Source: Gleanings. Fall, 2016. Volume 3, Issue 2
Gleanings is the ejournal of the William Davidson Graduate School of Jewish Education of the Jewish Theological Seminary. What should we believe about leadership? How can we effectively educate for leadership? How might we build collaborative leadership for our communities?
“Leading Places to Work: Are Jewish Organizations Great Places to Work?” compiled by the organization Leading Edge, shows evidence that our community has significant challenges in recruiting and retaining professional talent. Previous to this report, the Bridgespan Group, noting that over the next five years, 75 percent of the CEOs and EDs of our institutions will be retiring, raised questions about professional pipelines and succession plans to ensure strong, effective leadership for the future.
We’re focusing on three key questions:
- What are the Jewish community’s current beliefs and practices about leadership? Which of these beliefs should we continue to follow and which should we challenge?
- What are the most effective approaches to educate and prepare tomorrow’s leaders?
- What might effective leadership look like in an era of collaboration and teams?
To stimulate conversation, we’ve invited respected community thinkers to address these issues.
- Gali Cooks of Leading Edge challenges our preconceived notions of the Jewish professional landscape and asks us to recalibrate our views on what leaders today need to know and be thinking about. We also examine ideas of adaptive leadership and design thinking in the piece by UpStart Bay Area’s Maya Bernstein; and Dr. Walter Herzberg, professor of Bible at JTS, shares insights that familiar Torah texts might offer us.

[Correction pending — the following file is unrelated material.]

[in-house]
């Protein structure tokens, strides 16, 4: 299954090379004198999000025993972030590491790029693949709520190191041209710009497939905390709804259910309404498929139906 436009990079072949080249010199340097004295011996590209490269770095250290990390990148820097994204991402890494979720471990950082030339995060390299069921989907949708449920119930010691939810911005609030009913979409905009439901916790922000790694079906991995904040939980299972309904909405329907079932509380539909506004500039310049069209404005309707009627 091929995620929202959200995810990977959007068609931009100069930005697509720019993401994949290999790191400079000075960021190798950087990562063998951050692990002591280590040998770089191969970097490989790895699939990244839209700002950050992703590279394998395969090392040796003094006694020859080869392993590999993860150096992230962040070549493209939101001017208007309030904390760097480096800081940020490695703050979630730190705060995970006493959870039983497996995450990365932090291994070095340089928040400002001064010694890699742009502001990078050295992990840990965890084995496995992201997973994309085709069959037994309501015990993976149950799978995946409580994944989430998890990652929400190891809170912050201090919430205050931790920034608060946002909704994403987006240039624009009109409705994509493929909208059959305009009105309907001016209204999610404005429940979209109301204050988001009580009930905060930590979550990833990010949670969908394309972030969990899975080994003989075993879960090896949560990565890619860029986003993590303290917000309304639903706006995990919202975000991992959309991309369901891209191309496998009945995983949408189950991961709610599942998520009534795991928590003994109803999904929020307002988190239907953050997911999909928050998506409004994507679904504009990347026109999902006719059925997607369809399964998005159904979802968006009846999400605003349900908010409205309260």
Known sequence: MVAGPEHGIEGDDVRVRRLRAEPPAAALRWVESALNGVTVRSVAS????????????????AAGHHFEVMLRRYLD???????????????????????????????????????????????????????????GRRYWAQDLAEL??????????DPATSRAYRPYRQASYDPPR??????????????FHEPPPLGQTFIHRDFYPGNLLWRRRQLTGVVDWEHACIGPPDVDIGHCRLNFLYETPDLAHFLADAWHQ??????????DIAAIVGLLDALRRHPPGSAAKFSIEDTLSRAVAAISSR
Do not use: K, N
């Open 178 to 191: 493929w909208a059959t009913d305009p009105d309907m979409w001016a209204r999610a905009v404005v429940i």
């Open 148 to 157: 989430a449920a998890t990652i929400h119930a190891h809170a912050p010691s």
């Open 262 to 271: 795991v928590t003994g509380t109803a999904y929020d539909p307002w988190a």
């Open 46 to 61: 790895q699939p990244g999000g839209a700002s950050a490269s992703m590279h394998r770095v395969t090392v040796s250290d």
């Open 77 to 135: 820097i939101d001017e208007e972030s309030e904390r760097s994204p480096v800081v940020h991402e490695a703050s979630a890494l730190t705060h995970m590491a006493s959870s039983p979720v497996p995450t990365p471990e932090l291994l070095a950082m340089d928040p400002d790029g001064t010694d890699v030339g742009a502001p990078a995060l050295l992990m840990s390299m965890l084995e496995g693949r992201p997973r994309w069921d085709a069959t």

- Mordy Walfish of Repair the World examines the use of listening and text in training emerging leaders to engage in service and social justice. Lyndall Miller of the Jewish Early Childhood Education Leadership Institute examines the power of reflection and the potent impact of Communities of Practice to shape the field. Justin Korda of the ROI Community considers how the network approach to educating and inspiring leadership—by strengthening what he calls “weak ties”—has the potential not only to nurture leadership but also to bring all Jews together.
- Rabbi Rebecca Sirbu of Rabbis without Borders considers how dynamics of community engagement and team reliance strengthen one’s individual leadership potential, while Dori Kirshner of MATAN explores an individual’s impact in empowering a whole community.
We hope that this issue will help us realize that building effective leadership for our Jewish community is best achieved when we are in conversation with one another.